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state-of-american-energy  poll  energy-policy  economic-security  ethanol  jobs  offshore-production  infrastructure  crude-oil-exports 

Jack Gerard

Jack Gerard
Posted January 7, 2016

At this year’s State of American Energy event, we highlighted the impact of energy policy on the lives and livelihoods of families and businesses in every state. The connection between policy and pocketbooks is evident after a year in which Americans saved an average $550 per driver on gasoline, due largely to strong U.S. oil and natural gas production. But to maintain the economic and security benefits of America’s 21st century energy renaissance, we’ll need to make smart policy choices that increase access to energy resources, encourage infrastructure development, rein in misguided ethanol policy and curb costly, duplicative regulations.

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state-of-american-energy  oil-and-natural-gas-development  economic-growth  renewable-fuel-standard  regulation  infrastructure 

Mark Green

Mark Green
Posted January 6, 2016

State of American Energy Report 2016

During this week’s State of American Energy event API President and CEO Jack Gerard described the economic and energy security gains generated by the U.S. energy revolution and the policies needed to create opportunities for the oil and natural gas industry to continue them.

Today let’s focus on some of the things Gerard identified as potential impediments to American energy. These include ideological opposition to progress, anti-consumer initiatives like the Renewable Fuel Standard (RFS), anti-market programs like the administration’s Clean Power Plan, government red tape and regulatory overreach.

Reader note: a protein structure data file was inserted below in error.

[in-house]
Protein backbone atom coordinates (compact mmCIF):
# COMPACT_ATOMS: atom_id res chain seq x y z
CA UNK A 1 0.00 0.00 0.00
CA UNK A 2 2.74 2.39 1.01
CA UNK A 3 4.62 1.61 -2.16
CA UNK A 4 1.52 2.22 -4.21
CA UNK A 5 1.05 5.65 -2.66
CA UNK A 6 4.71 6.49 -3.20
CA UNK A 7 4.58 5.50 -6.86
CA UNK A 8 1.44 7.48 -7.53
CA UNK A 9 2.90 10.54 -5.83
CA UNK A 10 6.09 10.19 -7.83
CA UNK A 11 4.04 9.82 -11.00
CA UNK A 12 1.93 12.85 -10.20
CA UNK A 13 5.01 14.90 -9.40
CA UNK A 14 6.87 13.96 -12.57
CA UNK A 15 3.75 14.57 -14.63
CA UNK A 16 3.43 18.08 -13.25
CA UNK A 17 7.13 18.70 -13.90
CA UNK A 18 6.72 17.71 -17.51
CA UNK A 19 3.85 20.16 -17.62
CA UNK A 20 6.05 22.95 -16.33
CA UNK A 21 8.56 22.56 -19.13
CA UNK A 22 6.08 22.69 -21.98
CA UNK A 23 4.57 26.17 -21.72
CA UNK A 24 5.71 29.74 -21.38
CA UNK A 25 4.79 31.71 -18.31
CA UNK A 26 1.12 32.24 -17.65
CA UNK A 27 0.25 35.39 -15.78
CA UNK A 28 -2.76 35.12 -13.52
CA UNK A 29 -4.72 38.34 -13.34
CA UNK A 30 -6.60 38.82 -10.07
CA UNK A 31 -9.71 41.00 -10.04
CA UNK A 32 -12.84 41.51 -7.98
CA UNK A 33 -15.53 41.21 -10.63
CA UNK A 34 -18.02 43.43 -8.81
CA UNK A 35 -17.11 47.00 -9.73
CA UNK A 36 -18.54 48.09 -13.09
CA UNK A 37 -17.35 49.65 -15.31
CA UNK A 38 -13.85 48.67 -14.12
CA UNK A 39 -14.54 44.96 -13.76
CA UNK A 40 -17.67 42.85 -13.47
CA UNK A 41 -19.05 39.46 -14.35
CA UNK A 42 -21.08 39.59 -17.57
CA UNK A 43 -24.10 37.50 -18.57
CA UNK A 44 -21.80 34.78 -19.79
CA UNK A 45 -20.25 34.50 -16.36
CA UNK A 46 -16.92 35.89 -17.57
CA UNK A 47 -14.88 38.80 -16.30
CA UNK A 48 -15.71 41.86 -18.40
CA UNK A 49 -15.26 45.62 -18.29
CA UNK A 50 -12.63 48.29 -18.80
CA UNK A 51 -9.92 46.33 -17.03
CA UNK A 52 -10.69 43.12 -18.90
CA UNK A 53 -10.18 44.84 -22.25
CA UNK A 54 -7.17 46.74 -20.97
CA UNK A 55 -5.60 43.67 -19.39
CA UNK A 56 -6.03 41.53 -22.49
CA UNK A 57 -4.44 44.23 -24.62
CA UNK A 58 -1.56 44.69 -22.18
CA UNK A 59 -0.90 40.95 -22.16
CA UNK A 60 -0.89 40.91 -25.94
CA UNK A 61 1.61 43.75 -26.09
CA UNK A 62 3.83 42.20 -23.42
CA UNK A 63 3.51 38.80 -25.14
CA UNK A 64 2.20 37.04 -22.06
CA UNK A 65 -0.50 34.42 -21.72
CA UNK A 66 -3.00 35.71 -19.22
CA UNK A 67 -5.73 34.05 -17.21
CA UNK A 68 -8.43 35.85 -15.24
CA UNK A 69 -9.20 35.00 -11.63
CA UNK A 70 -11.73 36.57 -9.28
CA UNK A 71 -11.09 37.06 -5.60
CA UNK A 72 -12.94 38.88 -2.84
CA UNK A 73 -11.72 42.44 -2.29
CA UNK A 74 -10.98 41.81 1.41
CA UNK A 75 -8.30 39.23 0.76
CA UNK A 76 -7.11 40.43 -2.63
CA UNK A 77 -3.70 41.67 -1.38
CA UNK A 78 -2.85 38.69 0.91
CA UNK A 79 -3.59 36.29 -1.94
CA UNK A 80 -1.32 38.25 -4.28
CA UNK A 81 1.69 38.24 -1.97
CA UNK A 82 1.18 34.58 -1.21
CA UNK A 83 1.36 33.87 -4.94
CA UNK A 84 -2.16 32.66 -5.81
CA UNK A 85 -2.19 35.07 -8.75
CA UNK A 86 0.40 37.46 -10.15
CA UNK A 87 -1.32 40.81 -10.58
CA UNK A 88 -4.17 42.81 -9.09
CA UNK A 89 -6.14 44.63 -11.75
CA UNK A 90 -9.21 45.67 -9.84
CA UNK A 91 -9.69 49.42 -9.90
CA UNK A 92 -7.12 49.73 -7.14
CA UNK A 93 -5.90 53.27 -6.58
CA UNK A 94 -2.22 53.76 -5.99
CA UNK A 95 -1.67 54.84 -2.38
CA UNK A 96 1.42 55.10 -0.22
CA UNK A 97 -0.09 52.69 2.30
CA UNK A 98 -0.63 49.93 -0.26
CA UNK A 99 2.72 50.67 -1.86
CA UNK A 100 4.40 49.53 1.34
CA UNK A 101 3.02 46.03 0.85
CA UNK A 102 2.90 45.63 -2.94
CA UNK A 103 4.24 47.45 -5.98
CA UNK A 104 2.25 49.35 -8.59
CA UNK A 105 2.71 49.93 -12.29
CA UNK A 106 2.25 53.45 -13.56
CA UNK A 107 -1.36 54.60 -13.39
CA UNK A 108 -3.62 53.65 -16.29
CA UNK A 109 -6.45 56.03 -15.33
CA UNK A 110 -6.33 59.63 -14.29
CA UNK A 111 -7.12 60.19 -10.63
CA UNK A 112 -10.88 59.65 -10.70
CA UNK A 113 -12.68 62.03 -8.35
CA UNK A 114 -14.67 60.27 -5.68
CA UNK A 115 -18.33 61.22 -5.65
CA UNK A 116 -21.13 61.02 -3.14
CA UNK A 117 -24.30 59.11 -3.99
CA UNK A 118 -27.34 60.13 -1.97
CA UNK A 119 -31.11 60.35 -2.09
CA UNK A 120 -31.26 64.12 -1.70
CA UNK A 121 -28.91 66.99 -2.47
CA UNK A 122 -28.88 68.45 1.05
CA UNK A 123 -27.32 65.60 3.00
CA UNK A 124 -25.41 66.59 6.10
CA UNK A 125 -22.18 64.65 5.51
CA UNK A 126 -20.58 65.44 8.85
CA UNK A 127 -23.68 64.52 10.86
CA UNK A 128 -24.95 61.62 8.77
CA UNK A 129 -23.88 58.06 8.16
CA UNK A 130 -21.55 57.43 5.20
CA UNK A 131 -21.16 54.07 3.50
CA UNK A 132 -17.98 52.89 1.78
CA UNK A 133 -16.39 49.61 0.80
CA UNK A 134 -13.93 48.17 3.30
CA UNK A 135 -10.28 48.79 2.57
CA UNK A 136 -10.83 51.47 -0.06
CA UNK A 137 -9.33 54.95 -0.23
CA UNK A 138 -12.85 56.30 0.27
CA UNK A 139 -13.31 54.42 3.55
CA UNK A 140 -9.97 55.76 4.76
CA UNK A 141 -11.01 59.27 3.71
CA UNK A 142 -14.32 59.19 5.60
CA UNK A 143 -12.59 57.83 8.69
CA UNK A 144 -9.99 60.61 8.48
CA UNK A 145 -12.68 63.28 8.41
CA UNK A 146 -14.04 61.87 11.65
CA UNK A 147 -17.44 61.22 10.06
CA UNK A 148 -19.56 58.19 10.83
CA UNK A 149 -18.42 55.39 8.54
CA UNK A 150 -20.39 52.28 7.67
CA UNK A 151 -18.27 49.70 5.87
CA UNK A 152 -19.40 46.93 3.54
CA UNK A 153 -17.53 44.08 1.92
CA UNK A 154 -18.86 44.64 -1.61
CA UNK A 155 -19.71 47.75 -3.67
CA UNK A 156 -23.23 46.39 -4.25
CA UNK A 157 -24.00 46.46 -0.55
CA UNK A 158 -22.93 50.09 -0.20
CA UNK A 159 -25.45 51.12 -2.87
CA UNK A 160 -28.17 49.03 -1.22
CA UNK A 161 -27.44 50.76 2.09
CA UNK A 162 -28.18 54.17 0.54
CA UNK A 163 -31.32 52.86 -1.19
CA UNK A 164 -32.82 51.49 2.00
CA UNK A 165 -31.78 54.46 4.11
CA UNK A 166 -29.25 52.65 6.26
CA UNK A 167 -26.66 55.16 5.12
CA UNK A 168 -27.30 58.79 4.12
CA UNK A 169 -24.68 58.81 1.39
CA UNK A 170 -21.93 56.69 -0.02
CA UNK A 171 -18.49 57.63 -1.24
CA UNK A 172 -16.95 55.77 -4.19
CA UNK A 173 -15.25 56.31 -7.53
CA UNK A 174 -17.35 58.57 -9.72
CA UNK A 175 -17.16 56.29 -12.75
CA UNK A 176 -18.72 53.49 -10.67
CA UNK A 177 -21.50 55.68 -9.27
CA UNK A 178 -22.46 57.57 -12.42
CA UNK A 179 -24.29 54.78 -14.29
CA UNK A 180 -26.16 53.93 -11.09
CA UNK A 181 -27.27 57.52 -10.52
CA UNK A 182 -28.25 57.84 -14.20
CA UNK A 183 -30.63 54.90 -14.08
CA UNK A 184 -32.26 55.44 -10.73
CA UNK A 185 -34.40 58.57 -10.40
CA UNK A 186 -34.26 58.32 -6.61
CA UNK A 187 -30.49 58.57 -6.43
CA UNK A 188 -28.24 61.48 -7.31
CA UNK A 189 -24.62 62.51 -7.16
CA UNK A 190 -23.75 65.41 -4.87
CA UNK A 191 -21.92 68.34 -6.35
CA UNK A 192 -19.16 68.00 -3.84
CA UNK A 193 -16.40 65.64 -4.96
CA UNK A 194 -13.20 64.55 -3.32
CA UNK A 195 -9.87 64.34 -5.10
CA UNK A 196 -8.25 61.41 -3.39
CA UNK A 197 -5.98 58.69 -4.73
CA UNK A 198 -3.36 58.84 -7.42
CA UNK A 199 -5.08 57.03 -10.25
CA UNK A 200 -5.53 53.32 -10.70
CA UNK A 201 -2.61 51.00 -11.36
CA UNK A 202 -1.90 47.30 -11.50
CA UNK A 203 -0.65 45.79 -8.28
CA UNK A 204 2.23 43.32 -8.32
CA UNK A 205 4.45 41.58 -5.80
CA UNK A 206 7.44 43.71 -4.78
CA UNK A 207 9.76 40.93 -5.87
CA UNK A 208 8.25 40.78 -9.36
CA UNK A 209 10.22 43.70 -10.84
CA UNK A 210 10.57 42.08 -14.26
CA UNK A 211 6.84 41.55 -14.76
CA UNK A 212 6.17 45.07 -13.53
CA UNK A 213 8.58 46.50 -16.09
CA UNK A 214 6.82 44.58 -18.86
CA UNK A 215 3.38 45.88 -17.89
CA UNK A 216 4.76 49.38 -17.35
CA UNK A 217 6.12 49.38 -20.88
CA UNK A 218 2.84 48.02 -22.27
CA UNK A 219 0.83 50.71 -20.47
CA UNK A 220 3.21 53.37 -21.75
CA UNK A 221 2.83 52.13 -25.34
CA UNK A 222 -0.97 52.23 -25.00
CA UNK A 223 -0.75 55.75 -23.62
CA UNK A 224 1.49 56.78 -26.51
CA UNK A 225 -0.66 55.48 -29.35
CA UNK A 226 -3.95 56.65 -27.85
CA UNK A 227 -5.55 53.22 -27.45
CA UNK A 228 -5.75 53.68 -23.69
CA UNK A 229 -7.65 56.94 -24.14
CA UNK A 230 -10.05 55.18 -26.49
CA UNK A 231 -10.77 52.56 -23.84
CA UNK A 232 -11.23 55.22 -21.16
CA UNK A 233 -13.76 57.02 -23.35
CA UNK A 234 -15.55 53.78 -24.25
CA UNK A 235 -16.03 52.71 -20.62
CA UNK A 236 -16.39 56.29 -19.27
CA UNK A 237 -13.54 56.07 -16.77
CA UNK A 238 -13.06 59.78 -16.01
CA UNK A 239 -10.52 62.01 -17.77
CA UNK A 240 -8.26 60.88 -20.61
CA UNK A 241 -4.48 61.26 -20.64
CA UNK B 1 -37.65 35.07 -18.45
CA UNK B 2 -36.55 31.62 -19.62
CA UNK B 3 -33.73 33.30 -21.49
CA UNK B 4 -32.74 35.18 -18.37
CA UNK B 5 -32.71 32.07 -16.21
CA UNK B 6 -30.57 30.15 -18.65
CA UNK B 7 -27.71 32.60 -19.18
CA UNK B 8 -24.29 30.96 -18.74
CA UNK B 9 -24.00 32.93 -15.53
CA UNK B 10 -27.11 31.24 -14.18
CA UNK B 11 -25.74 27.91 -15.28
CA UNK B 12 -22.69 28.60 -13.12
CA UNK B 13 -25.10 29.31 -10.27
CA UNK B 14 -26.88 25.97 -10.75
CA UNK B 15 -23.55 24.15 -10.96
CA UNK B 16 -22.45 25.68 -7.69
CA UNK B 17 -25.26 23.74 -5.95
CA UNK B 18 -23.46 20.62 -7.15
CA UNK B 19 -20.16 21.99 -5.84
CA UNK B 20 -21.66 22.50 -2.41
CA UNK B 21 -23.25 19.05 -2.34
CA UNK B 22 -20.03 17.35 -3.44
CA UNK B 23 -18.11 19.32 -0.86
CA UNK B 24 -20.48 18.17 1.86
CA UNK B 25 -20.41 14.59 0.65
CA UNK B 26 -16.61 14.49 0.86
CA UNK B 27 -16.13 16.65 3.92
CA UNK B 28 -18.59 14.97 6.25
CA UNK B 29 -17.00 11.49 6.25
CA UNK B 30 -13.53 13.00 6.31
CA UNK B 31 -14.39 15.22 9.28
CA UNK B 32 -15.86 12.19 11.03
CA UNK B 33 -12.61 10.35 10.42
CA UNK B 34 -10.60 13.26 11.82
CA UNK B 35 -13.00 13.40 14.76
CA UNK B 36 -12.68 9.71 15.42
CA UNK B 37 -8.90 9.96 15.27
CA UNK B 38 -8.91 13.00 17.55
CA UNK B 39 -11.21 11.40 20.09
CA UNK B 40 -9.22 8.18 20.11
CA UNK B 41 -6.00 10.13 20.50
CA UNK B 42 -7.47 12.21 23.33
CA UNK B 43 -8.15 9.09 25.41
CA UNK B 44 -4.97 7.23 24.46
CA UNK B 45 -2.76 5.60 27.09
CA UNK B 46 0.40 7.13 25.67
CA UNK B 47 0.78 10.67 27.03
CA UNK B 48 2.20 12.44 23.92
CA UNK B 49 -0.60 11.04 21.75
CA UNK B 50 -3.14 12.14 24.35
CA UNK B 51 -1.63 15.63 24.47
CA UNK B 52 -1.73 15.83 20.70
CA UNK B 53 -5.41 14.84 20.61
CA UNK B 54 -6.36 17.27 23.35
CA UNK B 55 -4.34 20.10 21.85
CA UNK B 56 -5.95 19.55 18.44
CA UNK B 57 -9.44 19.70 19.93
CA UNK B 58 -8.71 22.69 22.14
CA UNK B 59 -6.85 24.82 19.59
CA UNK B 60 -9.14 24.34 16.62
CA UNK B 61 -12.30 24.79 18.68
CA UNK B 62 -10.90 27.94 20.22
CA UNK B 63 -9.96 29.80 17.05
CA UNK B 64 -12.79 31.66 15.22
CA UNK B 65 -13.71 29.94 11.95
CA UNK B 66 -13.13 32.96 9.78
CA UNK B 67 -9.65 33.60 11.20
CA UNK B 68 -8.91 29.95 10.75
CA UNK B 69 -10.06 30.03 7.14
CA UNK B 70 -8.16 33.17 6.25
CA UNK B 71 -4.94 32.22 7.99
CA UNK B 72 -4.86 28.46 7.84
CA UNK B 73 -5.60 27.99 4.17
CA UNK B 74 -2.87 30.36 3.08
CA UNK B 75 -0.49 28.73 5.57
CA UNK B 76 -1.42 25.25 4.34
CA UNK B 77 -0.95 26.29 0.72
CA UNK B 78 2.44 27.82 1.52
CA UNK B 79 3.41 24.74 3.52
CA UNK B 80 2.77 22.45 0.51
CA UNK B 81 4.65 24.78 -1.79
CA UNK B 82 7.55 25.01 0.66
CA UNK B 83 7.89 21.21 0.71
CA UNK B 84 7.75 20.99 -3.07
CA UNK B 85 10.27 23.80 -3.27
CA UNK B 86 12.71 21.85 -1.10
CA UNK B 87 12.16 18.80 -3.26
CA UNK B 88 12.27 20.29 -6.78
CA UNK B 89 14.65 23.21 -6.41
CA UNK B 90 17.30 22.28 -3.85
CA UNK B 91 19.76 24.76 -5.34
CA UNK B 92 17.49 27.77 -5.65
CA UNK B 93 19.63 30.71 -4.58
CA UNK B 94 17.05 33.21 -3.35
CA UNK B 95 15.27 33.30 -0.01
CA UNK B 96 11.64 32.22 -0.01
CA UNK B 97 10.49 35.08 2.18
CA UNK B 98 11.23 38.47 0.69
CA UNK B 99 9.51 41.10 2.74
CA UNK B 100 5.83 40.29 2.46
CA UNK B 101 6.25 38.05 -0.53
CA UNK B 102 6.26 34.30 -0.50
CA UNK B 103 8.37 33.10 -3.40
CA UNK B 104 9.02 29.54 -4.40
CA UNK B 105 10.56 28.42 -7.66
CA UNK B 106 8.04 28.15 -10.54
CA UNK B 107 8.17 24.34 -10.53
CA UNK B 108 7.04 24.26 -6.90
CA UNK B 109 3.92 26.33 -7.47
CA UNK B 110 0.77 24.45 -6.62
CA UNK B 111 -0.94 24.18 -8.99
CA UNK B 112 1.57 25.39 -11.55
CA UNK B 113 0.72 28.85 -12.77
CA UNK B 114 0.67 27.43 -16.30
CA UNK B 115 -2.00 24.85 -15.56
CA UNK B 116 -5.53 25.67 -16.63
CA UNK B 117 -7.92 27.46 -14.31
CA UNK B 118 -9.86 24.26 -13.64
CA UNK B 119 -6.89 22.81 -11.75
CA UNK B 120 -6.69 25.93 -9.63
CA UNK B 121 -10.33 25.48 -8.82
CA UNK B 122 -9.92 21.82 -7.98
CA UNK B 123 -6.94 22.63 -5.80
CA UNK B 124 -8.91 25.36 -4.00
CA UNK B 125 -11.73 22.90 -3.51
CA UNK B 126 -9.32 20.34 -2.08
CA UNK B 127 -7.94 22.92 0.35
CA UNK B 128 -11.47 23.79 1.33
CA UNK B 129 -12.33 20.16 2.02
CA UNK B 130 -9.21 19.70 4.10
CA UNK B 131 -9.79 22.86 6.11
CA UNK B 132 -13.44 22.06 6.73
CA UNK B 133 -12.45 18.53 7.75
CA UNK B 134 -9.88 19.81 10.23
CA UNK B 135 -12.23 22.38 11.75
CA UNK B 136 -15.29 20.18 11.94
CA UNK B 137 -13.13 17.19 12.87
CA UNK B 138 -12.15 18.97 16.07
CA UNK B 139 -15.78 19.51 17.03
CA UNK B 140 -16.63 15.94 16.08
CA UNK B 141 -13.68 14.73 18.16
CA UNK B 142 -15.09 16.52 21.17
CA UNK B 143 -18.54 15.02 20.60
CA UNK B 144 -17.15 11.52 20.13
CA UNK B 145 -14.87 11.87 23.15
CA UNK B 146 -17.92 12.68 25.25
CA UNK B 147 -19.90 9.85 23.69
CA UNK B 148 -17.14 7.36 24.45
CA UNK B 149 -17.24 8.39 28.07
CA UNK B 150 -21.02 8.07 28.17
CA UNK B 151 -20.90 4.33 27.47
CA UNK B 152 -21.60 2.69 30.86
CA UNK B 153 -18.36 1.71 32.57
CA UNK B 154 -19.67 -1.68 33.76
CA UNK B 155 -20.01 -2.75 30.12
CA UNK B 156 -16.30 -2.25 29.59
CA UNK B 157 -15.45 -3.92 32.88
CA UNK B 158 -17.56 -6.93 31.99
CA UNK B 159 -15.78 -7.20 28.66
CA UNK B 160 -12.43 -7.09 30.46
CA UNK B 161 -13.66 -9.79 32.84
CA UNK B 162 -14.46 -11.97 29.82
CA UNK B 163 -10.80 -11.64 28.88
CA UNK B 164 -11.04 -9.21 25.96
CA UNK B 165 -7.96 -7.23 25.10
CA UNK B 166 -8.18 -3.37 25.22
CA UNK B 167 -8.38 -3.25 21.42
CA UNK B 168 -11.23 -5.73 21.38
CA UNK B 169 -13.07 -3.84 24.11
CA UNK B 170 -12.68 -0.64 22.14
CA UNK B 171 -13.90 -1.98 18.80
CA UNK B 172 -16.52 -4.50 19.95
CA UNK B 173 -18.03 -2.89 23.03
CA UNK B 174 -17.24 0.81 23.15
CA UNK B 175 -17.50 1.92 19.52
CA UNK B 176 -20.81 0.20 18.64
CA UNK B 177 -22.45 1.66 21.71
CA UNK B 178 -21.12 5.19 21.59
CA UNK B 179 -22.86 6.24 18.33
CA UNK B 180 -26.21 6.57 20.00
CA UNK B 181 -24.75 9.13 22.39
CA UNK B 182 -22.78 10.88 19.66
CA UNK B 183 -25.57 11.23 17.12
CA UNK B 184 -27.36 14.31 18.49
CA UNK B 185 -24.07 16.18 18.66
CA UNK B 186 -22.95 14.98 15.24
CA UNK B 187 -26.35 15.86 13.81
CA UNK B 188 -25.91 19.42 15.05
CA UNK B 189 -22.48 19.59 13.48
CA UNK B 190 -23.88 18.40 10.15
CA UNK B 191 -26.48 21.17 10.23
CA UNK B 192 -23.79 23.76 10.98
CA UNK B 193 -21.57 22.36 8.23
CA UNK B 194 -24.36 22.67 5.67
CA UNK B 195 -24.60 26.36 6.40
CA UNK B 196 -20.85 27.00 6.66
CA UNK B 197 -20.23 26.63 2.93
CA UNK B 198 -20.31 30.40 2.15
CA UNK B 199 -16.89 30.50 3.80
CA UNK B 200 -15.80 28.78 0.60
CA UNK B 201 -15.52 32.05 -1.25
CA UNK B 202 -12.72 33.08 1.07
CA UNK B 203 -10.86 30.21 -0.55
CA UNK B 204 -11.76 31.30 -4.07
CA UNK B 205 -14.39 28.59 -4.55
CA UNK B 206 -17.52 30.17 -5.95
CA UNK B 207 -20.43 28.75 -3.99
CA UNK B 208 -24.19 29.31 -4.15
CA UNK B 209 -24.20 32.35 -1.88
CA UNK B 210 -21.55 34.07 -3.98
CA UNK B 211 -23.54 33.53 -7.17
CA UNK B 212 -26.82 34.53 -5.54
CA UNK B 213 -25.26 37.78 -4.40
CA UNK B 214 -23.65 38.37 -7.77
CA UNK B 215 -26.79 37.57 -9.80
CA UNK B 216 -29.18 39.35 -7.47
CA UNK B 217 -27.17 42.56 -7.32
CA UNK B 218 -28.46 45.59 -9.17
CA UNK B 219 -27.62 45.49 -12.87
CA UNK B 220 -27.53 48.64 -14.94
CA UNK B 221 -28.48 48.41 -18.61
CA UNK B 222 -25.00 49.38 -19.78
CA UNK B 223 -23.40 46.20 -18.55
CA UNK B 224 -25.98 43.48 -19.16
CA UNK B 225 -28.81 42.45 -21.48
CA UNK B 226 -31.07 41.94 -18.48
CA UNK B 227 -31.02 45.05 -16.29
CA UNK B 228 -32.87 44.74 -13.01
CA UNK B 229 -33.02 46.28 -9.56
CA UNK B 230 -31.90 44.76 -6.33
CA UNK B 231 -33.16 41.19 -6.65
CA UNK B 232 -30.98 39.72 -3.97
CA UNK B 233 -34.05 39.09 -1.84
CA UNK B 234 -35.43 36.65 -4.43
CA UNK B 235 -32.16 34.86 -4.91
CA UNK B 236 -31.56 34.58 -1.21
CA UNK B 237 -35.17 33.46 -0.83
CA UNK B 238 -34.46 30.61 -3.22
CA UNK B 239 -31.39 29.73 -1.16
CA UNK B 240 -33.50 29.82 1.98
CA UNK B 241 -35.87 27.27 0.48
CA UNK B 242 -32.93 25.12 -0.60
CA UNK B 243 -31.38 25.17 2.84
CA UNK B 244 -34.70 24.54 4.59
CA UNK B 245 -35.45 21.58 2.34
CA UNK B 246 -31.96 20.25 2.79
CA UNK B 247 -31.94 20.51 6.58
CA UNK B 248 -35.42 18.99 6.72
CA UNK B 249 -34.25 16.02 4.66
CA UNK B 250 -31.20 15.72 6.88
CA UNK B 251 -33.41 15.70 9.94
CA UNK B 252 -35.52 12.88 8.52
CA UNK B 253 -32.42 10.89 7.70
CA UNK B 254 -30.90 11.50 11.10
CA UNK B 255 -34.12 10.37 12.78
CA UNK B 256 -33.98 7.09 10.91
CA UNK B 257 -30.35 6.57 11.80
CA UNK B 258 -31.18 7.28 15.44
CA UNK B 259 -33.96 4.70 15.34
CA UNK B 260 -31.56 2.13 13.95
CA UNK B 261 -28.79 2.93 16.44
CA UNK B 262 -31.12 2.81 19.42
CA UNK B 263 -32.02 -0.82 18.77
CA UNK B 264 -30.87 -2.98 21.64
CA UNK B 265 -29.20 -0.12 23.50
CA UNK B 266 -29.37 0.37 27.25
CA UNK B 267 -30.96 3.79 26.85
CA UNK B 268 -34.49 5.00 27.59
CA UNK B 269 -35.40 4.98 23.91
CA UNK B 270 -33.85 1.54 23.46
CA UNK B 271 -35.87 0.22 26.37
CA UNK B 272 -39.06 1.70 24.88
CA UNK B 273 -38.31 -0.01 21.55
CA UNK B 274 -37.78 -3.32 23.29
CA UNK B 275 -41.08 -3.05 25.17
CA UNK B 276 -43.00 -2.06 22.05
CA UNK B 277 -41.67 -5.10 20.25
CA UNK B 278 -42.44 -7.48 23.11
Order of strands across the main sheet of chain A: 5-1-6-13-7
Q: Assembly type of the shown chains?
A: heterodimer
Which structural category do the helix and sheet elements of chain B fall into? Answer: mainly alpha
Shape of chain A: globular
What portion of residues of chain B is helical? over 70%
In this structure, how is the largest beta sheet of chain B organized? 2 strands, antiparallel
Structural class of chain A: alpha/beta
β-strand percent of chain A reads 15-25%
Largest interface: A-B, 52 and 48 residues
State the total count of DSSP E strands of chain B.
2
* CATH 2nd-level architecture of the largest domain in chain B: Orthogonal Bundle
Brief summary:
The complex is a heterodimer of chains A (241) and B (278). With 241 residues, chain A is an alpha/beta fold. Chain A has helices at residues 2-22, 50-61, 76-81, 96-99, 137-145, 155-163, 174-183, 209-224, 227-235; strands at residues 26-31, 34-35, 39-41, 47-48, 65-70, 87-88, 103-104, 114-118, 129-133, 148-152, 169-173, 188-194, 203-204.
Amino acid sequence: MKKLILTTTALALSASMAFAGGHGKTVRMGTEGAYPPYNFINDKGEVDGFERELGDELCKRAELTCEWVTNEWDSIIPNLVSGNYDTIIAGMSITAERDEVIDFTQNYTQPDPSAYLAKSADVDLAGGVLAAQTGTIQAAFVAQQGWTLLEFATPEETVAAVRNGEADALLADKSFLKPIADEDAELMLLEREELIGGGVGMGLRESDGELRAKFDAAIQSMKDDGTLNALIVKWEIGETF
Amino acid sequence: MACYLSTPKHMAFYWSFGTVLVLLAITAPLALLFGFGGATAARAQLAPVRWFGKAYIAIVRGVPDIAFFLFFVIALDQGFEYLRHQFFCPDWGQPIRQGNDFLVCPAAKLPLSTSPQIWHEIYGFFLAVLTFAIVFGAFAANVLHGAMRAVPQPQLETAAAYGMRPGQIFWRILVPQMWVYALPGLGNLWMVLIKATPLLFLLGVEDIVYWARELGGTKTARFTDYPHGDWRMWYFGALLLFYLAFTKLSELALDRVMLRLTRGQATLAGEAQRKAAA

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infrastructure  energy  hydraulic-fracturing  electricity  gas-prices  natural-gas  heating-fuels 

Jack Gerard

Jack Gerard
Posted December 16, 2015

In November, Americans were grateful for the lowest Thanksgiving gas prices in seven years. Thanks largely to the American energy resurgence, drivers continue to enjoy relief at the pump – with the national average close to $2.00, according to AAA.

As winter approaches, the good news continues with the U.S. Energy Information Administration’s (EIA) Winter Fuels Outlook. Due to a “combination of warmer weather and lower fuel prices,” EIA projects household heating costs will be lower than the previous two winters.

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analysis  infrastructure  natural-gas-supplies  pipelines  electricity  energy-investments 

Mark Green

Mark Green
Posted August 28, 2015

There’s a new report out this week that says energy infrastructure constraints have cost New England at least $7.5 billion over the past three winters – while cautioning that failing to expand natural gas and electricity infrastructure will cost the region’s households and businesses $5.4 billion in higher energy costs between 2016 and 2020. 

Other key findings in the report by the New England Coalition for Affordable Energy show that without additional infrastructure, higher energy costs will lead to the loss of 52,000 private-sector jobs over the same time period. In all, a lack of infrastructure investment could mean 167,000 jobs lost or not created. The report also found that the region could see a reduction in household spending of $12.5 billion and $9 billion in foregone infrastructure construction.